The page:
Thomas Barnett, a March 2013 graduate of the Centennial Job Corps Civilian Conservation Center, works on building slash piles to help thin unwanted forest fuels on the Boise National Forest in 2012. Recently hired by the forest, Barnett will start work as part of fire crew in May and put his newly minted wildland firefighting skills to work as he pursues a career in firefighting. (U.S. Forest Service photo/ Michael Delaney)
Until recently, Thomas Barnett, formerly of Washington state, did not have a career goal in mind.
However, this spring, the 24-year-old graduated from the Centennial Job Corps Civilian Conservation Center in Nampa, Idaho, and will begin his career as a seasonal firefighter on a fire crew with the Idaho City Ranger District on the Boise National Forest. He said he’ll pursue a career in firefighting because it’s exciting and he enjoys helping people and communities threatened by wildfire. Read more »
The “Great Smokey Sphinx,” the largest sculpting effort by Forest Service volunteers, put the Payette National Forest on the snow sculpture scene at the McCall (Idaho) Winter Carnival snow sculpture contest. (U.S. Forest Service photo)
A team of volunteers from the Payette National Forest have sculpted “Smokey’s Magic” a 12-foot high, 3 foot deep sculpture of Smokey Bear in a wizard’s cloak with snowball in hand for the popular Winter Carnival in nearby McCall, Idaho. The Forest Service team, whose members all volunteer their off-duty time to the sculpting, are always determined to make a good showing. And Smokey Bear is routinely part of their team. Read more »
As the USDA Rural Development State Director for Oregon, I’m aware of the significant economic benefits our programs have produced in partnership with rural communities, residents and businesses in every corner of my state. As I drove across the country during my recent vacation, I was curious to also see how visible the Agency’s support for place-appropriate, locally led efforts would be on my route from Oregon to Virginia. Knowing what to look for, I could easily identify the signs of rural economic and community development—even from my limited dashboard viewpoint—as I drove a transect path across the USDA Rural Development nationwide service area. Rural America accounts for 75 percent of the Nation’s land area, and that is where we work. Across the rural landscape, it is difficult, if not impossible, to find a community that hasn’t benefitted in some way from our support for affordable housing, business development, essential infrastructure, community facilities and clean, efficient energy. Read more »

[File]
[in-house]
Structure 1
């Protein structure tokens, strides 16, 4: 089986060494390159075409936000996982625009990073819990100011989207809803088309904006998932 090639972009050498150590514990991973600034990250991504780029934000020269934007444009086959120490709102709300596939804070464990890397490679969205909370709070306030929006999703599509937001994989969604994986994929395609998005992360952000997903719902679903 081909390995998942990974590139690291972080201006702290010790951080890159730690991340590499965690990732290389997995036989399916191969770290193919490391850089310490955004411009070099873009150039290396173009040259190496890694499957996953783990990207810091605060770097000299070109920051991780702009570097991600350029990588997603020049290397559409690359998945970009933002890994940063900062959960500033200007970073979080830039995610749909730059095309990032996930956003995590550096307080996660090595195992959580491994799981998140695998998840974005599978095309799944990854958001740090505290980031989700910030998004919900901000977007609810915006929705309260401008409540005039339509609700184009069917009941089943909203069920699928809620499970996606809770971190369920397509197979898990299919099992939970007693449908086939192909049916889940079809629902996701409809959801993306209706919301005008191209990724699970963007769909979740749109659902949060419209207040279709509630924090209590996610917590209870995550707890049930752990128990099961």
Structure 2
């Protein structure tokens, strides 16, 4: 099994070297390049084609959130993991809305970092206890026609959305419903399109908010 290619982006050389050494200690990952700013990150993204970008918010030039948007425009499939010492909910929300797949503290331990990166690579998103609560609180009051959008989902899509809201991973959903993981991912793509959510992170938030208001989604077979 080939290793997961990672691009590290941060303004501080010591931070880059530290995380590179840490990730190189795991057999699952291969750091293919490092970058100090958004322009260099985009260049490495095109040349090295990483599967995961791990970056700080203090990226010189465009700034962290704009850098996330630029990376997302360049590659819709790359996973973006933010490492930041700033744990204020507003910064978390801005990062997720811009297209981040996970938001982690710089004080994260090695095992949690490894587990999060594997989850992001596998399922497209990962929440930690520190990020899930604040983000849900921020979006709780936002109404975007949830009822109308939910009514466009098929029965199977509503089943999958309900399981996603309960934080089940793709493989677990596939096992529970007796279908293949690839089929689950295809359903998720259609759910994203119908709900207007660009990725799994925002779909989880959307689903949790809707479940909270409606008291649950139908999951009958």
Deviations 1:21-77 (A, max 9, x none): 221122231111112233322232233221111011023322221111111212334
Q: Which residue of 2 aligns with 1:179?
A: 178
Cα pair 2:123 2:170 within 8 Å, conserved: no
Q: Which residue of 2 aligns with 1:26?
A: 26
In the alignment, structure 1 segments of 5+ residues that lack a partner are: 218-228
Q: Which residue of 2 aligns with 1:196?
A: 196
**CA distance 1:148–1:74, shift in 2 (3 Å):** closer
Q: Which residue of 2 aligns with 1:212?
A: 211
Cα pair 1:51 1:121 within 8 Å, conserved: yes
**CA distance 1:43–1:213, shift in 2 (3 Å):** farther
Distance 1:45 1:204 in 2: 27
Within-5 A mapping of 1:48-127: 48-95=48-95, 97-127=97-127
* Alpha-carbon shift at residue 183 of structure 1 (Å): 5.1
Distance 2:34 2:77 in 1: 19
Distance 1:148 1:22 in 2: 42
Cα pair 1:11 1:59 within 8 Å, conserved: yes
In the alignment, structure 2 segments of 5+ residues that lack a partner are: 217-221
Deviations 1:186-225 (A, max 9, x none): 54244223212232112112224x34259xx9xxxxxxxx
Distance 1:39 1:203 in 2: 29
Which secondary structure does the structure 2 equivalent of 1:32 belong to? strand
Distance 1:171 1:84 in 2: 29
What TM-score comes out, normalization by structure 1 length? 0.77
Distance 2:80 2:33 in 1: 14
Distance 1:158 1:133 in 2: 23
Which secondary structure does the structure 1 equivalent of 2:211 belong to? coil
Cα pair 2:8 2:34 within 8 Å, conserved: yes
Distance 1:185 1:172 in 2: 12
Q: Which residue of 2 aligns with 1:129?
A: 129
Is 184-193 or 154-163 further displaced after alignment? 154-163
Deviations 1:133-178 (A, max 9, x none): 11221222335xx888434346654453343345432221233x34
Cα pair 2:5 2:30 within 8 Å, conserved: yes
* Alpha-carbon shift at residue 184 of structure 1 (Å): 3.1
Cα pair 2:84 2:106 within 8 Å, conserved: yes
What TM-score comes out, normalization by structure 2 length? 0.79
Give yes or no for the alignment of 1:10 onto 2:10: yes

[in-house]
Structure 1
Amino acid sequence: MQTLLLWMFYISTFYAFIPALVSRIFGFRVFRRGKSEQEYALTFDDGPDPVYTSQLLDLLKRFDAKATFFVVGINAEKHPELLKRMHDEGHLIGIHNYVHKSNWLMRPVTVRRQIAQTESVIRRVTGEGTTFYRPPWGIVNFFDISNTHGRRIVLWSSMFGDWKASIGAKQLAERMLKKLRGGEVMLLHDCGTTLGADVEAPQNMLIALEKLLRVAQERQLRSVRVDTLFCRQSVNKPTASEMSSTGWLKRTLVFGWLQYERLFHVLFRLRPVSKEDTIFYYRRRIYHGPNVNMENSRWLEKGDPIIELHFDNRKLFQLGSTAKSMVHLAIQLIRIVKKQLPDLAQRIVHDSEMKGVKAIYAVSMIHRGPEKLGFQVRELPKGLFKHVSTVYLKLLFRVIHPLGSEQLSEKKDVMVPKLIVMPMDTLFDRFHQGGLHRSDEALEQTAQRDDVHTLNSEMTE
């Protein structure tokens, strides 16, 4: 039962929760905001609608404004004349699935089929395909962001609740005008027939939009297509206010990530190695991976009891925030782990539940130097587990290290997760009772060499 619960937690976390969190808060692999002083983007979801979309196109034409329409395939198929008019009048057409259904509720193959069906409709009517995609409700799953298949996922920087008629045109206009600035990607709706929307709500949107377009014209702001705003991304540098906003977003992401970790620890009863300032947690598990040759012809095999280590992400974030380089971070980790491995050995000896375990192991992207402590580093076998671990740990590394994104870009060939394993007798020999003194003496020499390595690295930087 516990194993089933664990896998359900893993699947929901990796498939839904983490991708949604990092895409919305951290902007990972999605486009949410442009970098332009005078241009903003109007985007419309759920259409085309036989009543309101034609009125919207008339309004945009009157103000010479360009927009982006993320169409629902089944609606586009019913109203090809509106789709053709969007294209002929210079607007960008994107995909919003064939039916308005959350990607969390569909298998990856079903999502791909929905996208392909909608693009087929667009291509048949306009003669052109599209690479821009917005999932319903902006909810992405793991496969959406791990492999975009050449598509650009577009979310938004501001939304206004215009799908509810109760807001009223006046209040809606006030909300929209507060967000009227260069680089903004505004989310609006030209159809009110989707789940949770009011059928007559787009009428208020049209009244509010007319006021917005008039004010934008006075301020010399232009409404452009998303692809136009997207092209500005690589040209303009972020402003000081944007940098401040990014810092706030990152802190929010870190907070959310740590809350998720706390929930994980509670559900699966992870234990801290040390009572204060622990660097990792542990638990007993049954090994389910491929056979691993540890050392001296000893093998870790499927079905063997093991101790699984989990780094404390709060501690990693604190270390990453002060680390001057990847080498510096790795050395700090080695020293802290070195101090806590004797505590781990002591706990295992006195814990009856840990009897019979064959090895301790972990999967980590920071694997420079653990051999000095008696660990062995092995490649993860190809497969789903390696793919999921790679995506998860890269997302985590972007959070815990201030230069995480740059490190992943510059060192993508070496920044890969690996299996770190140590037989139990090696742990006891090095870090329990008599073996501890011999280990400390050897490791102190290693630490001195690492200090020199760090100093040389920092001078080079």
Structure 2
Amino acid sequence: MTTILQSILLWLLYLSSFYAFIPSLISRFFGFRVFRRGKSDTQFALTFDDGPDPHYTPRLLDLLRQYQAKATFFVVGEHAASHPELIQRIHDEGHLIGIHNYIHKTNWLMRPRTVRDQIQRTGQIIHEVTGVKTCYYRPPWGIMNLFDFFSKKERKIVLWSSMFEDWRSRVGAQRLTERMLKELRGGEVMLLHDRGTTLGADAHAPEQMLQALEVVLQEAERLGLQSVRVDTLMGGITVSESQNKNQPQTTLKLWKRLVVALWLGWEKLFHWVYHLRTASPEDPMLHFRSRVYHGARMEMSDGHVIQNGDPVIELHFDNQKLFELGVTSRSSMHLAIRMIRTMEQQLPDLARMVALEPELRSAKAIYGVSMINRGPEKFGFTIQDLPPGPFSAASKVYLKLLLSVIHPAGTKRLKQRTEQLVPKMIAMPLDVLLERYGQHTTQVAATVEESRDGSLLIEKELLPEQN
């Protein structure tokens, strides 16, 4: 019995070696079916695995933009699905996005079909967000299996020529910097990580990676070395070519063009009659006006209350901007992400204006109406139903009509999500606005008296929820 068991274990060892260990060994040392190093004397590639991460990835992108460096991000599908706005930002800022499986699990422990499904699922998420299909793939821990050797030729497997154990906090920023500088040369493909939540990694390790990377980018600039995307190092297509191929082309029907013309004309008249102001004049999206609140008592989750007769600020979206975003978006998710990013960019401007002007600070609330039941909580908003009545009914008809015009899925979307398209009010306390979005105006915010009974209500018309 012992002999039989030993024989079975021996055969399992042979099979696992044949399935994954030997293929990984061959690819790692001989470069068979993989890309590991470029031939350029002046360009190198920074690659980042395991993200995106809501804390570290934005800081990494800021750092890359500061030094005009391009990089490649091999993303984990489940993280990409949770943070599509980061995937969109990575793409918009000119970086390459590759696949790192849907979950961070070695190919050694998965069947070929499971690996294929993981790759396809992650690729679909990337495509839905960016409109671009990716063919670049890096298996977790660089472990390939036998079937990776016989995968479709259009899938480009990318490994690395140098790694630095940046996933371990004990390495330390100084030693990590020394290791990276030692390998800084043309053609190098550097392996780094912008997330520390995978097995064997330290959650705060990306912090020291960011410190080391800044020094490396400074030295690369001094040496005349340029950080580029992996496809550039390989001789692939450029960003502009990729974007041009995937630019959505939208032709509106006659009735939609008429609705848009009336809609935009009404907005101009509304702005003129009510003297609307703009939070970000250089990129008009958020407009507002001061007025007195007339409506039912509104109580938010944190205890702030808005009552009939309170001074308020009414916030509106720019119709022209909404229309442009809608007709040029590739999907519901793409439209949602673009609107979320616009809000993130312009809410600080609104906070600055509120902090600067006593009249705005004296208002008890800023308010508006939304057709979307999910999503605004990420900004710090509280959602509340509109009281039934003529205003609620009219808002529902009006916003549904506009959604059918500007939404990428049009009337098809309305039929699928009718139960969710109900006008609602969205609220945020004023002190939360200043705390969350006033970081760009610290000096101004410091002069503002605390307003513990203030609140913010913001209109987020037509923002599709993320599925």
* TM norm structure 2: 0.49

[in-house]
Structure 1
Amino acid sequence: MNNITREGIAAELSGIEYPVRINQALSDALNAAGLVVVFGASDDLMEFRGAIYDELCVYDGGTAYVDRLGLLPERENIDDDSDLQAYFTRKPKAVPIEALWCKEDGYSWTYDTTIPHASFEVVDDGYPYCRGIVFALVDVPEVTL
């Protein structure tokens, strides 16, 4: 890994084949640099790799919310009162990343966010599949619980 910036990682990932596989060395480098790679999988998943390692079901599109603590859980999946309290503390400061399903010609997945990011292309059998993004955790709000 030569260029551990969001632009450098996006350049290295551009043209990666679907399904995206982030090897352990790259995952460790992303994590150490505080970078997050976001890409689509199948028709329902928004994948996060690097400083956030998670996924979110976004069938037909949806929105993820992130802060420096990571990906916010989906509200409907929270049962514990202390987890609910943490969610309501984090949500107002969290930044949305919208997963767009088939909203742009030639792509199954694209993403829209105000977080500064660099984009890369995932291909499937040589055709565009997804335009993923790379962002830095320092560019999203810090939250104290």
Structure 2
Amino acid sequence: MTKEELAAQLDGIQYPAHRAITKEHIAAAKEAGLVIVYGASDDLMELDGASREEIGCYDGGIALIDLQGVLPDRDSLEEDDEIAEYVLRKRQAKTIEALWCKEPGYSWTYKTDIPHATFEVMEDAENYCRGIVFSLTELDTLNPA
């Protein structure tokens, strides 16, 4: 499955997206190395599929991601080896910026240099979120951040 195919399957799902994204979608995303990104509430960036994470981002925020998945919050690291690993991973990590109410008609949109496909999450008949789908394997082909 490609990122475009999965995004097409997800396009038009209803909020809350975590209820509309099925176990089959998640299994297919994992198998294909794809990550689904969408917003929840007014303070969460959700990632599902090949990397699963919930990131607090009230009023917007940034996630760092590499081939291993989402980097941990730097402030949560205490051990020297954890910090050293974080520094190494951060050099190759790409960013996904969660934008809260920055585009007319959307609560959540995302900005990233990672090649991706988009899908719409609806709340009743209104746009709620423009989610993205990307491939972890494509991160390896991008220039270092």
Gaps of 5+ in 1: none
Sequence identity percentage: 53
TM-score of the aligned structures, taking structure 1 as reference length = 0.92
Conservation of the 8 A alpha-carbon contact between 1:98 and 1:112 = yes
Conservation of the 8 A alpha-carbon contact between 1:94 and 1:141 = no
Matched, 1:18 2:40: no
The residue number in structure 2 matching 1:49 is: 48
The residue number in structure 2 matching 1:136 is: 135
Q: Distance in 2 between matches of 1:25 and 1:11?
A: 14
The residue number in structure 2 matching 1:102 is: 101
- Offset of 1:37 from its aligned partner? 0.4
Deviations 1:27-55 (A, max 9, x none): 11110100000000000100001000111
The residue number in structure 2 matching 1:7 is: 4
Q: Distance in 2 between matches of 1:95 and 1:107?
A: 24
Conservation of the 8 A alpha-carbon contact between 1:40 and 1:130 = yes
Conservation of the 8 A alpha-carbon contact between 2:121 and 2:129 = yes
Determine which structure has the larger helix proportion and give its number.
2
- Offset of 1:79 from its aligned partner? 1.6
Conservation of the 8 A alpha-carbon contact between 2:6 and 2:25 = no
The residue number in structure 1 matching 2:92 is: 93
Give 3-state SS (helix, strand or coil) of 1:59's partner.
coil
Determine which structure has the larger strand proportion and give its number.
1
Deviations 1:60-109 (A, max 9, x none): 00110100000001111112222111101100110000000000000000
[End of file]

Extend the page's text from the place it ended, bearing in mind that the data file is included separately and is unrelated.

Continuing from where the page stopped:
Rural Development is the lead Federal agency that works to ensure that rural families have access to safe, well-built, affordable homes. In February 2012, the agency initiated a two-year, pilot refinancing program in 19 states hardest hit by the Nation’s housing downturn to help eligible USDA borrowers reduce their monthly housing costs.
Today, USDA announced that the program is expanding to include eligible rural residents in Puerto Rico, Alaska, Arkansas, Colorado, Idaho, Kansas, Missouri, Montana, North Dakota, Oklahoma, South Dakota, Texas, Utah, Washington, West Virginia and Wisconsin. Read more »
Snow surveyors approach SNOTEL site on Mount Hood.
Koeberle’s job carries her over mountains by helicopter and horse, snowshoes and skis. She has encountered grizzly bears, avalanches and wolves and visited ridges that few people have seen.
Koeberle is a hydrologist and snow surveyor for USDA’s Natural Resources Conservation Service (NRCS) and works on the agency’s snow survey team—a group of specially trained scientists who maintain snow gauges that are important to farmers, business owners and many other people in the West. Read more »
Dr. Terrie Benavidez Jain in wildland firefighting gear doing field work on the Boise Basin Experimental Forest in Idaho
With wildfires that raged out of control this fire season, a year of “devastating conflagrations” seems to be the only way to describe such massive destruction on the nation’s forested lands. And scientists who know something about limiting the power of these forest infernos are needed more than ever.
Lucky for us, Terrie Benavidez Jain, a U.S. Forest Service scientist, has answers to help reduce the impacts of fire on forested lands. In fact, researching and studying the science of forest fires is something Jain has come to know quite well throughout her impressive career. Read more »